Jim: The food! Bread, cheese, charcuterie, pastries, wine… Also love the Haussmannian architecture – that never gets old.
Hope: I came up with the term “gold dipping”. I love gold dipping in Paris. You’ll be walking, even at night, and the streets are gold. You’re just walking and drinking in this magic feeling of the city… There’s just gold everywhere and you can kind of dip your fingers in it.
Not every day is like that, but there are just moments like that where you can find… and as an artist I wanna be surrounded by beauty. And so Paris is the place that I feel the most surrounded by beauty other than nature.
Also, experiencing culture in a whole new way and having a global perspective living in a city and I think people are the landscape here.
Claire: I love the authenticity of the French… I was very drawn to the revolution spirit. I love the French revolution and the people really claimed back their rights. And I find that spirit very present in the French people.
I love the cakes.
I love that as an artist you can live and live well… I think France opens up so many opportunities for people to be independent workers and to be artists. At the same time you can’t grow as an independent business if you’re a small business– and this is a problem. As a student as an artist and a small business owner you can really live your life.
I love the beauty of the city, with architecture that dates back older than my actual birth country.
Eric: I loved that I didn’t get in a car for a week. Within five minutes I was at an incredible restaurant or historic sight or a hidden little park- there’s so much to see when you walk out your front door.
There is so much packed within one kilometer, there’s not one grocery store, there’s not one boulangerie, or one cafe, there are dozens of then hundreds of them and you experience so much within that little radius. It’s almost overwhelming, but in a good way…
I feel like I’m a part of history. And here is where so much has happened and I like that, I feel like I’m a part of that.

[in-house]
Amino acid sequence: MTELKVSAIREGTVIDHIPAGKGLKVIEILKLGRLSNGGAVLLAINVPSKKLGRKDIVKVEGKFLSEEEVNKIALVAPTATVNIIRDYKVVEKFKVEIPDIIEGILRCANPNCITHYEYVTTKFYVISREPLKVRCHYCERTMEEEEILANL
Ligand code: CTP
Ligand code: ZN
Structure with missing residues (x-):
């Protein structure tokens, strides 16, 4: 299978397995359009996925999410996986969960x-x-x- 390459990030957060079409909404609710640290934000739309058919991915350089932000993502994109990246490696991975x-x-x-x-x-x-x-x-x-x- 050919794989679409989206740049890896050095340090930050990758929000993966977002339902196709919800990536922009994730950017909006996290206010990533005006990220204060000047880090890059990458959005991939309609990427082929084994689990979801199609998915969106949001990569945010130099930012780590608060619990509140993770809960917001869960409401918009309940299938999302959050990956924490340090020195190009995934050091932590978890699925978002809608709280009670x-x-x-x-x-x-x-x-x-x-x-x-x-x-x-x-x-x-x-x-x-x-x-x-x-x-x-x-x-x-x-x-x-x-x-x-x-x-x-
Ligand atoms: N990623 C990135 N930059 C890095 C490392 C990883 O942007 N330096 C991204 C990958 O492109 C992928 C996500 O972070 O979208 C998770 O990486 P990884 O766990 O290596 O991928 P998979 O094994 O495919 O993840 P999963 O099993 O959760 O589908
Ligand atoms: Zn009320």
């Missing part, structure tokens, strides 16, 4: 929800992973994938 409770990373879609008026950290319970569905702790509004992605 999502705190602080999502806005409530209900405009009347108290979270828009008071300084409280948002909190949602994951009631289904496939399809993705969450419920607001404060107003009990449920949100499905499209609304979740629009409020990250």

If you had known about Céline Concierge, would you recommend using our services? Would you recommend Céline ?
Jim: I would have needed help finding an apartment as a freelancer. I had a lot of trouble finding a place.
Back then there weren’t a lot of concierge services like that. I didn’t even know that those kinds of services existed. So if I had known that there was a service like that, I would have taken upon myself to find a place to live because I was struggling. I think I was looking everywhere.
Even French people, they have a hard time finding a place to live. It’s not just expats. It’s a universal problem for everyone. It’s a competition, it’s a war.
How has Céline Concierge helped you in that past?
John: I couldn’t believe that getting a piano was possible, I thought it was going to be the deal breaker for the apartment. I thought the owner was going to say there’s no way you’re going to get a piano in there.
Turns out there’s Celine Concierge who is able to take care of all the details for the piano. Looked up all the different piano options, interfaced with the stores, got me all the pricing, and made sure the piano got moved in and was intact. And so I arrived with the piano that I needed that was beautiful, ready to go.
It felt like a miracle.
Would you recommend Céline Concierge in the future?